When the dataset size is known, then you are operating under bounded differential privacy. In bounded differential privacy, the data domain consists of all datasets that have exactly as many records as the known dataset size. In this regime, the distance between any two dataset is computed by counting the number of rows that must be edited to convert any one dataset into another dataset. In bounded DP, you must consider the greatest number of edits an individual may make to a dataset.
Unbounded differential privacy considers additions and removals of individuals from a dataset. Whereas, in bounded differential privacy, edits can be counted instead. Bounded differential privacy is a special case of unbounded differential privacy, where the data domain is restricted to a known size. Notice that in bounded differential privacy, the number of edits is equivalent to two times the number of additions and removals, because each edit constitutes one addition and one removal. This relationship makes it possible to convert between different notions of neighboring datasets.
Restrictions placed on the data domain reduce the sensitivity because the restrictions exclude extreme dataset pairs.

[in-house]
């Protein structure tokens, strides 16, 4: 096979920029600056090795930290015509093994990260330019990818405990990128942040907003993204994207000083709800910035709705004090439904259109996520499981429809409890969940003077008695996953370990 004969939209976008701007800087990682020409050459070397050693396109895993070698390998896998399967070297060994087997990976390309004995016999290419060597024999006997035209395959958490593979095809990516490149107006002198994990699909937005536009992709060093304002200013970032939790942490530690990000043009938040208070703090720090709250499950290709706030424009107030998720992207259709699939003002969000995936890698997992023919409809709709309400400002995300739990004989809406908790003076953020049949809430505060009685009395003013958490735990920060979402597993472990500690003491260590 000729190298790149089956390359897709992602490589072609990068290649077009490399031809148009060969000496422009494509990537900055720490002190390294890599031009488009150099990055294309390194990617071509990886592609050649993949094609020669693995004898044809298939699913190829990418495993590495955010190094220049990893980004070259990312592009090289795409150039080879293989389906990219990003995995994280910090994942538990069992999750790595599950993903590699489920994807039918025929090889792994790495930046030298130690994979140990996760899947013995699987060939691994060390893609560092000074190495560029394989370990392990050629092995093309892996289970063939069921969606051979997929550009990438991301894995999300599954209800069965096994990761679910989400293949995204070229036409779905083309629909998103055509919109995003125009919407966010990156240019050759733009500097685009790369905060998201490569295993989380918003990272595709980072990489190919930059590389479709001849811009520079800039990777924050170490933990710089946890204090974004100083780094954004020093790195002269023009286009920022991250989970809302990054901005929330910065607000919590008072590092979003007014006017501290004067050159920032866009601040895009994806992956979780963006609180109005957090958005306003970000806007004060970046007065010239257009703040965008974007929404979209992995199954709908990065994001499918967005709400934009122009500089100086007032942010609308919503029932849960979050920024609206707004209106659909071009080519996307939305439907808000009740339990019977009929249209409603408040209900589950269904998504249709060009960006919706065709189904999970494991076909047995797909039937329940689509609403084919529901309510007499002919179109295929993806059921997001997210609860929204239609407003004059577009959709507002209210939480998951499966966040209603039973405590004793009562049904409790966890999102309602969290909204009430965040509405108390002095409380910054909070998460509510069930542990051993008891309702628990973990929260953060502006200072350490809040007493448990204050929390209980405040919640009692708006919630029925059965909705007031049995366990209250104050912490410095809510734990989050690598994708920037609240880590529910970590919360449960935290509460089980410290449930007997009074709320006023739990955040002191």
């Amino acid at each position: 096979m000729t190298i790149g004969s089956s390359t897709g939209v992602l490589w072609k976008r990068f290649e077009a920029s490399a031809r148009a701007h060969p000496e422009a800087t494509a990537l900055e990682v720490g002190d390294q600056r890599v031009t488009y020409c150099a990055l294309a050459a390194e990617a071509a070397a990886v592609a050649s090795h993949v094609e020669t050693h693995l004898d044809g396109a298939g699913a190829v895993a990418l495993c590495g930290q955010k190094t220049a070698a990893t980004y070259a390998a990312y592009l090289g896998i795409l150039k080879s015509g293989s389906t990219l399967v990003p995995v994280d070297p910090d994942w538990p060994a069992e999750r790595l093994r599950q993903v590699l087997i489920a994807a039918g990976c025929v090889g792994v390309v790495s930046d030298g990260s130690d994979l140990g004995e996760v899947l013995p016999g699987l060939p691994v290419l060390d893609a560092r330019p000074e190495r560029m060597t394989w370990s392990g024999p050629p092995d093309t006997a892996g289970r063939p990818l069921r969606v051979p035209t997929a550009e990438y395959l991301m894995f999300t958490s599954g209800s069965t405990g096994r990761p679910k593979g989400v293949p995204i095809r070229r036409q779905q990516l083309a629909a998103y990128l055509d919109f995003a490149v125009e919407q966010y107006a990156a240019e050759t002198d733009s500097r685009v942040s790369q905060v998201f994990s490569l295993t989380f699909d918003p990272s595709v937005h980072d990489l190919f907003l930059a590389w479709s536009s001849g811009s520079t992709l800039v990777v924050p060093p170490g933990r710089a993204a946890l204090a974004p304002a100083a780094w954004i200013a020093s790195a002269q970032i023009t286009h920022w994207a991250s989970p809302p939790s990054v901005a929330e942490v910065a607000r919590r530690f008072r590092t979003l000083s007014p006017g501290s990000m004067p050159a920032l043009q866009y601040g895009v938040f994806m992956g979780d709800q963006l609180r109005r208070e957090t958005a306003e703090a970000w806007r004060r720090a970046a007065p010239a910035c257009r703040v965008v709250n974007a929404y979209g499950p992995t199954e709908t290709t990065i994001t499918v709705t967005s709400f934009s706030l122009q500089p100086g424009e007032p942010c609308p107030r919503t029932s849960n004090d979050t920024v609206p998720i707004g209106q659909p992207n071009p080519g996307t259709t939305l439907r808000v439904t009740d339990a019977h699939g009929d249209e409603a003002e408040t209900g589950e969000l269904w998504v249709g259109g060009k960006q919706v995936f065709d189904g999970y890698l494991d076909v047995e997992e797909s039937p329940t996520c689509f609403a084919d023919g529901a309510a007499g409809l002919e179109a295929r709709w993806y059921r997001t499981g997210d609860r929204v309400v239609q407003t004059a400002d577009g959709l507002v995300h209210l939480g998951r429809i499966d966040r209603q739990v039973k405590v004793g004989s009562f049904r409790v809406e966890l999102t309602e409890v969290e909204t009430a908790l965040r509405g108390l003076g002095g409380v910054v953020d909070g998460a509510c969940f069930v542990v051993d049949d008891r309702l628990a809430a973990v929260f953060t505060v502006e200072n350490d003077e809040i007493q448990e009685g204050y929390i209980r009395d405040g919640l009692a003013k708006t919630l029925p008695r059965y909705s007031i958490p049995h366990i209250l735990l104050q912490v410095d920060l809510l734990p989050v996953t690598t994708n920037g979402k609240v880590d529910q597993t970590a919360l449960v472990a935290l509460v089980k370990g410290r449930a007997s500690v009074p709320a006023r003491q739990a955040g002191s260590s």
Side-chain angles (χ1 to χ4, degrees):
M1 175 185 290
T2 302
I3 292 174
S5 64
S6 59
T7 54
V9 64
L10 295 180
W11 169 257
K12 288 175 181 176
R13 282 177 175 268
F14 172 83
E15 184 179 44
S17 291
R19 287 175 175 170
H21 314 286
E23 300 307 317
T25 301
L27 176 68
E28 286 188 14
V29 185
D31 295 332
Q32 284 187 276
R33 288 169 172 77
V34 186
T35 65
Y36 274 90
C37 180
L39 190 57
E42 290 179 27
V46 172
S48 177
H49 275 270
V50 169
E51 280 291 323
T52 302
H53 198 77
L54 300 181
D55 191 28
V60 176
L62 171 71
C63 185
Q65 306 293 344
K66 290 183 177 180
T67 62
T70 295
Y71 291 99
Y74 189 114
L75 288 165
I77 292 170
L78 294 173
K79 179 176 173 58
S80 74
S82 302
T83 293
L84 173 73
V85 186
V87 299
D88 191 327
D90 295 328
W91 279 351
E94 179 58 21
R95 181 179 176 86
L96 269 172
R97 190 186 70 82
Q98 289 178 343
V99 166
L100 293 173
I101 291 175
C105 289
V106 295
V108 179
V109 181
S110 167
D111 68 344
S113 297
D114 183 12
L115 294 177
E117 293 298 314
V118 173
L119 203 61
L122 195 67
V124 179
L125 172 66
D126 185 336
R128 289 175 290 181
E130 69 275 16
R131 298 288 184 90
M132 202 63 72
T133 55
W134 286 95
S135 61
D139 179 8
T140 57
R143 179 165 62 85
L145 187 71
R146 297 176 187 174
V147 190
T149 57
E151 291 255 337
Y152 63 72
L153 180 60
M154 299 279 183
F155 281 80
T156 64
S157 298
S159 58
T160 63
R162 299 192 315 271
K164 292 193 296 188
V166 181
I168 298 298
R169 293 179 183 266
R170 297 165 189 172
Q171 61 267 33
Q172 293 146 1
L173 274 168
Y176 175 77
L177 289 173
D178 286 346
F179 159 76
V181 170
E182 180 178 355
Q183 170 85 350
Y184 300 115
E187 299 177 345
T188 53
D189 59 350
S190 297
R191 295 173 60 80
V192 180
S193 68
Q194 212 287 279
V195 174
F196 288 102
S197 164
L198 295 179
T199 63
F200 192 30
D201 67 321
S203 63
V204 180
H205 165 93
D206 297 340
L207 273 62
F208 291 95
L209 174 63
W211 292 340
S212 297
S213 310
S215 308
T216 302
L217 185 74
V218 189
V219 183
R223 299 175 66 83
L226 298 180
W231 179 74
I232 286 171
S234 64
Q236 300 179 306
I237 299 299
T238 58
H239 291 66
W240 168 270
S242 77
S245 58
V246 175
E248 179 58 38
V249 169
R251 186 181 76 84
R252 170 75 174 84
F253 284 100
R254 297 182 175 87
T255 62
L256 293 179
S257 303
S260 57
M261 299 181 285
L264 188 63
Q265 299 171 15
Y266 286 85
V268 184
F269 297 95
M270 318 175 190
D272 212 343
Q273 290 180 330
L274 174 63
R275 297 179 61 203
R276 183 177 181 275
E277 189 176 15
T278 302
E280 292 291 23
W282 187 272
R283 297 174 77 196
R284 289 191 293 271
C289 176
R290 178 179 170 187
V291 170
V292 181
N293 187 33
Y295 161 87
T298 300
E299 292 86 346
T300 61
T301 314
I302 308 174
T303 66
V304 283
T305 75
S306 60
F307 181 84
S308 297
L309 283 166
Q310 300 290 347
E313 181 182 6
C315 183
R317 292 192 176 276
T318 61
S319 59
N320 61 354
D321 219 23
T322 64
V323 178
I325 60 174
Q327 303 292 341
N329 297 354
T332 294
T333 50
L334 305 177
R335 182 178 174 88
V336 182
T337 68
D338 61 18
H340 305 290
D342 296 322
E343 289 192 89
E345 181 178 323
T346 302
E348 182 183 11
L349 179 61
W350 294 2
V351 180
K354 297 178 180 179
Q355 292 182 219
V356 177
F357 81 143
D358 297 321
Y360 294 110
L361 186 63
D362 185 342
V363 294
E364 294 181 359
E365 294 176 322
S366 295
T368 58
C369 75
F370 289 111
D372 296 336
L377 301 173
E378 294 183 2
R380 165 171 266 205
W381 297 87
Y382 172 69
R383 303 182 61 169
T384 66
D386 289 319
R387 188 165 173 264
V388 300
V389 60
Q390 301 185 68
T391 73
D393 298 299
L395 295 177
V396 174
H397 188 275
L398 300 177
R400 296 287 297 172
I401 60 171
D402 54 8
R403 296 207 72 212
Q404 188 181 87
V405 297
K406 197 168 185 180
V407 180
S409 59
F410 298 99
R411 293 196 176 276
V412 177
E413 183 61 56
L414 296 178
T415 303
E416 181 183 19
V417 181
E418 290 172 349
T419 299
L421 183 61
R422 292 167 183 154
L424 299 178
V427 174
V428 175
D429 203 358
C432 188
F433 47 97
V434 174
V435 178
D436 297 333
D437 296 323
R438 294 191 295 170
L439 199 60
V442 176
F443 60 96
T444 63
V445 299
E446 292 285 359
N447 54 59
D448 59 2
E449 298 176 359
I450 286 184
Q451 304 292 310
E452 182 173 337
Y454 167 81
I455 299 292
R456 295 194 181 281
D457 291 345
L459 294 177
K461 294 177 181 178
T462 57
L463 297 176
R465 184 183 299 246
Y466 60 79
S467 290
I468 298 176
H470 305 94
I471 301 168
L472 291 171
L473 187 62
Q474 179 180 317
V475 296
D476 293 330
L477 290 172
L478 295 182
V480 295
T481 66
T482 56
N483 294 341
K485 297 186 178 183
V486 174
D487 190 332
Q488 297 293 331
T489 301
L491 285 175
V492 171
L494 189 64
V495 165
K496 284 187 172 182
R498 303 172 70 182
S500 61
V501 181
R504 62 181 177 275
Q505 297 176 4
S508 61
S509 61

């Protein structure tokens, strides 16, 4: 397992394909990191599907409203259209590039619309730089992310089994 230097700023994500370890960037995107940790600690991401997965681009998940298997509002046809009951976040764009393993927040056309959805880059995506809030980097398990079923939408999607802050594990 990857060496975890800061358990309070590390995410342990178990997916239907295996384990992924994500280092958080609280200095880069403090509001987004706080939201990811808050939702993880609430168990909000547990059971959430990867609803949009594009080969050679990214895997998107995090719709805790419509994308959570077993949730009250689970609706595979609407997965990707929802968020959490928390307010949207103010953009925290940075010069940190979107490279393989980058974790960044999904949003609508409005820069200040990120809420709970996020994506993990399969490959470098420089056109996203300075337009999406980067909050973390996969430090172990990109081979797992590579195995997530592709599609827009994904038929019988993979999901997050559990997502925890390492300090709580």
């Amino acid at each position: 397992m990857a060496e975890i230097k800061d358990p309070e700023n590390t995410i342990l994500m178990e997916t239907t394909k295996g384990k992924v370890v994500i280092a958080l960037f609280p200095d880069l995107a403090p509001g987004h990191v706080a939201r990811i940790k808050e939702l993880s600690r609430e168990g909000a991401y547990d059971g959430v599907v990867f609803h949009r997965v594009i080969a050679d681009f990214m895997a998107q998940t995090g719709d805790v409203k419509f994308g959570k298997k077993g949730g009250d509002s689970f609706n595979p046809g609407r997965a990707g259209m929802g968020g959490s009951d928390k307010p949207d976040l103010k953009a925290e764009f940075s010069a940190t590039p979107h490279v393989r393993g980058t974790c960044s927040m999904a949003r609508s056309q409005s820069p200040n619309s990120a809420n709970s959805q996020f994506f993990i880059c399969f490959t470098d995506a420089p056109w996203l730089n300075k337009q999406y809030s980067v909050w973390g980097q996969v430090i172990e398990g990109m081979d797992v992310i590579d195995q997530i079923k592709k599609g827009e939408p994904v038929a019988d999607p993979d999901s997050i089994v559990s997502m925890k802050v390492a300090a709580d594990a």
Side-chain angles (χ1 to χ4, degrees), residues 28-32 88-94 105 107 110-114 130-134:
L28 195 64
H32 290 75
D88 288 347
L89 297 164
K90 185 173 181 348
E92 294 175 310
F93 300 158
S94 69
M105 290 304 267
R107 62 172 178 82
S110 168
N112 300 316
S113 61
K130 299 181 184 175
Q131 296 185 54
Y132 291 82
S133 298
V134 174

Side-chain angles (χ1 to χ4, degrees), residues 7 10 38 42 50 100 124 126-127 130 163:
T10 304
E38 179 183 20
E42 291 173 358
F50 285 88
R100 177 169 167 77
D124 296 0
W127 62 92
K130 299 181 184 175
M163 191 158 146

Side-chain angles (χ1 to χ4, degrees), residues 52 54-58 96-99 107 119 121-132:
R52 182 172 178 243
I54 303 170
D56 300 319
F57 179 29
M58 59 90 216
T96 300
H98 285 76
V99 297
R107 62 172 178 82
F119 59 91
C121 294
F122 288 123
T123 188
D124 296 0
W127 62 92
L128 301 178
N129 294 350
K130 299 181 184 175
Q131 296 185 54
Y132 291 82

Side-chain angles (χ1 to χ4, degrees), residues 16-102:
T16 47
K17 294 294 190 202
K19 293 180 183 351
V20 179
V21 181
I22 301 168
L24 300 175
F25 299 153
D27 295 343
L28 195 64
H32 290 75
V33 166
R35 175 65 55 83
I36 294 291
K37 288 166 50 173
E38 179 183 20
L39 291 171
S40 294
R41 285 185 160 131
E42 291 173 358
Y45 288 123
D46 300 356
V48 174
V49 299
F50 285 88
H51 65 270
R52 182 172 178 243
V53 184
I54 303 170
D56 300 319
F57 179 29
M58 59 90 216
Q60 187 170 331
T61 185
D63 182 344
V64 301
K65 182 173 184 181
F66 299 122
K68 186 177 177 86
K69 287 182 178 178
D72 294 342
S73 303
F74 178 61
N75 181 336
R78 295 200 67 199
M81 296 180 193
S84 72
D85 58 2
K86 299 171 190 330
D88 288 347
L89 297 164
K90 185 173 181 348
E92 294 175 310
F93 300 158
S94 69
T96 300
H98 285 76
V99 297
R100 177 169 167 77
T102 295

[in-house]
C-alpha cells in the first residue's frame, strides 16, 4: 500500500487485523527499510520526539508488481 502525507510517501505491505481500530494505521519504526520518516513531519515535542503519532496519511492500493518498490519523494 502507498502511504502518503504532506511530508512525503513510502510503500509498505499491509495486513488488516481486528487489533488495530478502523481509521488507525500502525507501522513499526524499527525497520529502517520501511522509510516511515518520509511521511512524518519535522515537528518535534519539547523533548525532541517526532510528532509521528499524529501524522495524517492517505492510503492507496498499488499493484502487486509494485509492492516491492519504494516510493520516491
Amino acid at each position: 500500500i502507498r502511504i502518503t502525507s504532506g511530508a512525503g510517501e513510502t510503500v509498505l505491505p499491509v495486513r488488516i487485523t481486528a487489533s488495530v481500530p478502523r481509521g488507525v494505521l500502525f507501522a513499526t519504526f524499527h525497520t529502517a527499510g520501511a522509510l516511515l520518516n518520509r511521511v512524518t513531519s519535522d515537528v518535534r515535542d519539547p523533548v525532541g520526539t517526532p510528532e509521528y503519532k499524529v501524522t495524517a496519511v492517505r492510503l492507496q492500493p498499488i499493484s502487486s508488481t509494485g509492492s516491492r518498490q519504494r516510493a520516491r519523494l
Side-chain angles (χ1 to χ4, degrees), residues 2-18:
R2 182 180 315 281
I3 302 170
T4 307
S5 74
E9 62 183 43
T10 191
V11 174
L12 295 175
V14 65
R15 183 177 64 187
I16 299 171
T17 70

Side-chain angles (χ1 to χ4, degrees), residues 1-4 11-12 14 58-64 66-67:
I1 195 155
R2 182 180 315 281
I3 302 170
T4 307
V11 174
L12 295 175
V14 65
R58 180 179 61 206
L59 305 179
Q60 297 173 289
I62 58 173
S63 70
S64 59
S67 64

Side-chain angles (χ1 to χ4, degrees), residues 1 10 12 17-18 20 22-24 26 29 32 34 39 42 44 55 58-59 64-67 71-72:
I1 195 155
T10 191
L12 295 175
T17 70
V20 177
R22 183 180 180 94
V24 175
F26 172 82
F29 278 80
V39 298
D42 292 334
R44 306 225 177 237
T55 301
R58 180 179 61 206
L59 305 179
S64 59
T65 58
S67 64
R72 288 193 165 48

Even clamping each individual datum is a form of restricted sensitivity: clamping restricts the domain of possible datasets to those datasets, and under this restriction to the domain, the unboundedDP sensitivity of the sum becomes finite. A size descriptor on the domain may also reduce the sensitivity, as shown in the following table.
In the following table an individual may add or remove up to
Statistic  any numeric vector  with L, U  with L, U, N 
Count  0  
Sum  
Mean  
Variance 
Under bounded DP,
Any kind of descriptor based on what is considered “public information” can reduce the sensitivity: including a lower bound on the dataset size, the data types that the data takes on, or limitations on the norm of a data row.
These descriptors, or restrictions, on the domain may come from two sources:
descriptors may be public information about the dataset
descriptors may be established via data processing